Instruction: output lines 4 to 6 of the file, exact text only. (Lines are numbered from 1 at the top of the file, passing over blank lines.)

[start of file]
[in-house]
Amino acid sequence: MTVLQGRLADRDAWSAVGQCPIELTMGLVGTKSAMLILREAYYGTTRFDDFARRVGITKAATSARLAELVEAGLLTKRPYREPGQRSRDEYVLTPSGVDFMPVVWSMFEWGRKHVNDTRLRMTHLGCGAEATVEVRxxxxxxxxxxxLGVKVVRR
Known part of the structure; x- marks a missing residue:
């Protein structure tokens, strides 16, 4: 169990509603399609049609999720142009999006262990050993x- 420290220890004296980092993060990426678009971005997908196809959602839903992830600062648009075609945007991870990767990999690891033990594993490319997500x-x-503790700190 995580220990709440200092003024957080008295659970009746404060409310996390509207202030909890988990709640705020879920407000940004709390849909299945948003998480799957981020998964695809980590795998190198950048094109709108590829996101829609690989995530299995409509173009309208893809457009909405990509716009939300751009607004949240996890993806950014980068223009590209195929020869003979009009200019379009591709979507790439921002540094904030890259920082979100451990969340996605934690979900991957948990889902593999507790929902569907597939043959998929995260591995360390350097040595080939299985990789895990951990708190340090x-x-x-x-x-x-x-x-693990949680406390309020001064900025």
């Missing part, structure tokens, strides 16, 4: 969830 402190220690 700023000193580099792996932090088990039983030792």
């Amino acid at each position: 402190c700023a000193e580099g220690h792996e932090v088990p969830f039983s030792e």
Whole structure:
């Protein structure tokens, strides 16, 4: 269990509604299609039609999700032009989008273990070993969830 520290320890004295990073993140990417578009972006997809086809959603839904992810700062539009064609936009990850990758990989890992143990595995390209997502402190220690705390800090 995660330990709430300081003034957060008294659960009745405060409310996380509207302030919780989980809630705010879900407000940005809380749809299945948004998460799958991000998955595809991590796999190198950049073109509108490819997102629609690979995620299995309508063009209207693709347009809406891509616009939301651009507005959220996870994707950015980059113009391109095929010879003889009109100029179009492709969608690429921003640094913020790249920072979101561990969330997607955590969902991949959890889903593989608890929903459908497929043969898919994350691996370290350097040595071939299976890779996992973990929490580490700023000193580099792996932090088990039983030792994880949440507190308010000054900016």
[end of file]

């Protein structure tokens, strides 16, 4: 169990509603399609049609999720142009999006262990050993x- 420290220890004296980092993060990426678009971005997908196809959602839903992830600062648009075609945007991870990767990999690891033990594993490319997500x-x-503790700190 995580220990709440200092003024957080008295659970009746404060409310996390509207202030909890988990709640705020879920407000940004709390849909299945948003998480799957981020998964695809980590795998190198950048094109709108590829996101829609690989995530299995409509173009309208893809457009909405990509716009939300751009607004949240996890993806950014980068223009590209195929020869003979009009200019379009591709979507790439921002540094904030890259920082979100451990969340996605934690979900991957948990889902593999507790929902569907597939043959998929995260591995360390350097040595080939299985990789895990951990708190340090x-x-x-x-x-x-x-x-693990949680406390309020001064900025």
């Missing part, structure tokens, strides 16, 4: 969830 402190220690 700023000193580099792996932090088990039983030792």
């Amino acid at each position: 402190c700023a000193e580099g220690h792996e932090v088990p969830f039983s030792e």